Therapy that heats and destroys bone tumors eases patients' pain

Patients with cancer that has spread to their bones are often treated with radiation therapy to reduce pain. But if that treatment doesn't work, or can't be used again, a second, effective option now exists. Results of a clinical trial on the new therapy, presented by a researcher at Jefferson's Kimmel Cancer Center, is being presented at the annual meeting of the American Society of Clinical Oncology (ASCO).

Mark Hurwitz, MD, Director of Thermal Oncology for the Department of at Thomas Jefferson University and Hospital reported that the treatment, -guided focused ultrasound (MRIgFU) , significantly reduced pain in 67 percent of patients who received the treatment. The device, known as ExAblate, uses numerous small ultrasound beams designed to converge on a tumor within bone, heat it and destroy it.

"Pain is a common, often debilitating symptom of the spread of cancer to bones. We are pleased to now have a second therapy that can improve a patient's enjoyment of life," says Dr. Hurwitz, who led the clinical trial. A number of cancers spread to bones, and a substantial proportion of patients live for years with these , which can have a profound impact on a patient's quality of life, he adds.

The findings of the trial led to approval of ExAblate last October by the U.S. as second-line therapy for palliation of painful metastatic bone tumors. The first-line therapy is typically radiotherapy.

"The response to ExAblate was as good as radiotherapy, which was notable because it is very unusual to see a second-line treatment with a response rate that is as high as first-line therapy," Dr. Hurwitz says.

He added that use of ExAblate offers several advantages compared to other ablative therapies. "It is non-invasive and provides more detailed anatomic information so that we can visualize the complete beam path to make sure that critical structures such as vessels and nerves are not in the way," Dr. Hurwitz says. "We are also able to monitor the temperature in the tumor as well as in nearby normal tissues so that we do not inadvertently heat normal organs and tissues."

ExAblate has also been approved for treatment of uterine fibroids.

The study led by Dr. Hurwitz is a multicenter, randomized and placebo-controlled phase three clinical trial. The 142 patients enrolled could either not undergo, or had not responded to, radiation treatment.

Three months after ExAblate therapy, 67 percent of treated patients reported significant improvement in pain, compared to 21 percent in the placebo arm. They typically rated their pain as "much improved" or "very much improved," Dr. Hurwitz says. A quality of life assessment also measured significant improvement.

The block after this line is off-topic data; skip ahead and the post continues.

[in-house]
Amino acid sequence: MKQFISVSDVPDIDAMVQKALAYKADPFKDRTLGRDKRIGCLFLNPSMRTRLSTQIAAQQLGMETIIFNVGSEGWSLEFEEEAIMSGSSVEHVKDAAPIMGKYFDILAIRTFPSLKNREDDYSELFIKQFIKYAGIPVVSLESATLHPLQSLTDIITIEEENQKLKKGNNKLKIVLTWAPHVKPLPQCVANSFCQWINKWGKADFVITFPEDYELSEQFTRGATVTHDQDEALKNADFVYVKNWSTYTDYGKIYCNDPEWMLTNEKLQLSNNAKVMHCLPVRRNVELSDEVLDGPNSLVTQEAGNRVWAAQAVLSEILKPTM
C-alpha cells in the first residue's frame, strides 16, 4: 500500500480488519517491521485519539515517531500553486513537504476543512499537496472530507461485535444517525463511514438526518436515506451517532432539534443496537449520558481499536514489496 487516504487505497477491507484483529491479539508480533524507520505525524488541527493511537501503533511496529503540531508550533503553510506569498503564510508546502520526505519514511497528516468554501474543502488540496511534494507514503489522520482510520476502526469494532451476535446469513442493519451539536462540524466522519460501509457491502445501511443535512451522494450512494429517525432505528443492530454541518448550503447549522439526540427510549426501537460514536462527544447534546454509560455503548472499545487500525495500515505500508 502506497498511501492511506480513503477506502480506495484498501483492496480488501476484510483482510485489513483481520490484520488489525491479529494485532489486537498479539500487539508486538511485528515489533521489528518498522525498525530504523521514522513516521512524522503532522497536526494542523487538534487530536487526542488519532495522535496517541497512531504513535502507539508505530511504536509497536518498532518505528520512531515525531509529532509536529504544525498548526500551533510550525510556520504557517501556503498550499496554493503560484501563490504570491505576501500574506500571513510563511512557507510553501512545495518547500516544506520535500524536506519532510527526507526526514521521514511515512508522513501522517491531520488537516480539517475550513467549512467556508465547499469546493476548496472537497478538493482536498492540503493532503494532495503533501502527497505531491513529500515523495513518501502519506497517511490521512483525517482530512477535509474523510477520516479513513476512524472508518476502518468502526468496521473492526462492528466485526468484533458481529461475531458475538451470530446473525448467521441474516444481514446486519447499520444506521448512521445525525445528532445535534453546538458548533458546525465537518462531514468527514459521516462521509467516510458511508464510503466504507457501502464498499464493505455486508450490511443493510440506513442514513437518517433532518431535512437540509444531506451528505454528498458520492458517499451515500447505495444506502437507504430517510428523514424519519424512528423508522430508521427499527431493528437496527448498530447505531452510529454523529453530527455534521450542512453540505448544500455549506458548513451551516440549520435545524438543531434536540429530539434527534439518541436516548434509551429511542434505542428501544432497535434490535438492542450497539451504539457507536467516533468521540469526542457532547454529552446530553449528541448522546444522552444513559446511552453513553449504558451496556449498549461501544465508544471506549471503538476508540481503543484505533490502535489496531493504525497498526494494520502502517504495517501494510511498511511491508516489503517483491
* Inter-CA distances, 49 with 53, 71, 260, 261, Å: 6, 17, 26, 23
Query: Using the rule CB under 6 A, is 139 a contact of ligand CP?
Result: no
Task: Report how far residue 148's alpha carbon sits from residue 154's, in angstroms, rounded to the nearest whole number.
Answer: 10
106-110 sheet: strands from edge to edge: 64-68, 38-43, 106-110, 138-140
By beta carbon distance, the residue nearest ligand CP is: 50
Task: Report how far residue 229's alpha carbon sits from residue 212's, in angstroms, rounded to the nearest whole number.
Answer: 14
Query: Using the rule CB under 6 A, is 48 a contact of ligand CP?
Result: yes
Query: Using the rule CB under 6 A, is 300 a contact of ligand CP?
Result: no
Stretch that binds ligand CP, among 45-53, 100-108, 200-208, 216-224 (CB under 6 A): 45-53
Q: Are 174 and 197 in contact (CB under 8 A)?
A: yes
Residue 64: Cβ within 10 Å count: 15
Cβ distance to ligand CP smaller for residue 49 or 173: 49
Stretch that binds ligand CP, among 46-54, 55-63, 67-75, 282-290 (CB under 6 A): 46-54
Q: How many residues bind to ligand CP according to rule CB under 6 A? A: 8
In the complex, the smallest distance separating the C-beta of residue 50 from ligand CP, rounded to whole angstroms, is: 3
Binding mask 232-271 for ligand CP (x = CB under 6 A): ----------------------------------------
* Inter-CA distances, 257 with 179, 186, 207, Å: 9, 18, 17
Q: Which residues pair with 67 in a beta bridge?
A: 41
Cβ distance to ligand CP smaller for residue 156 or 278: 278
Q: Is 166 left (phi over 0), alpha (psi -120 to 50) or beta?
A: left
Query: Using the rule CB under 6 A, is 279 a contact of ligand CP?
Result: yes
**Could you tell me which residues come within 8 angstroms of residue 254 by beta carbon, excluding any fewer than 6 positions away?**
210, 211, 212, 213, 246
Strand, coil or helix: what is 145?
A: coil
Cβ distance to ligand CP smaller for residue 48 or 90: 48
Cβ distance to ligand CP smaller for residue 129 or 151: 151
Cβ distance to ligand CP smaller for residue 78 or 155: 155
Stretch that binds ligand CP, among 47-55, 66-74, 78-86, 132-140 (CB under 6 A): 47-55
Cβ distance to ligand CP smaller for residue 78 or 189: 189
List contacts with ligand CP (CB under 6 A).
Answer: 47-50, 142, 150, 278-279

"The treatment is given just once, and a response occurs within days," he says. "There are a lot of patients who could potentially benefit from MR guided focused ultrasound."

Related Stories

New technique alleviates painful bone metastases

date May 31, 2013

A high-dose of ultrasound targeted to painful bone metastases appears to quickly bring patients relief, and with largely tolerable side effects, according to new research presented by Fox Chase Cancer Center scientists at ...

ASCO: combo antibody therapy effective for melanoma

date May 17, 2013

(HealthDay)—Concurrent use of two immune checkpoint antibodies—ipilimumab and nivolumab—may be effective for the treatment of advanced melanoma, according to a proof-of-principal study presented in ...

Recommended for you

Spicy treatment the answer to aggressive cancer?

date Jul 03, 2015

It has been treasured by food lovers for thousands of years for its rich golden colour, peppery flavour and mustardy aroma…and now turmeric may also have a role in fighting cancer.

Cancer survivors who smoke perceive less risk from tobacco

date Jul 02, 2015

Cancer survivors who smoke report fewer negative opinions about smoking, have more barriers to quitting, and are around other smokers more often than survivors who had quit before or after their diagnosis, according to a ...

Melanoma mutation rewires cell metabolism

date Jul 02, 2015

A mutation found in most melanomas rewires cancer cells' metabolism, making them dependent on a ketogenesis enzyme, researchers at Winship Cancer Institute of Emory University have discovered.

User comments

Please sign in to add a comment. Registration is free, and takes less than a minute. Read more

Click here to reset your password.
Sign in to get notified via email when new comments are made.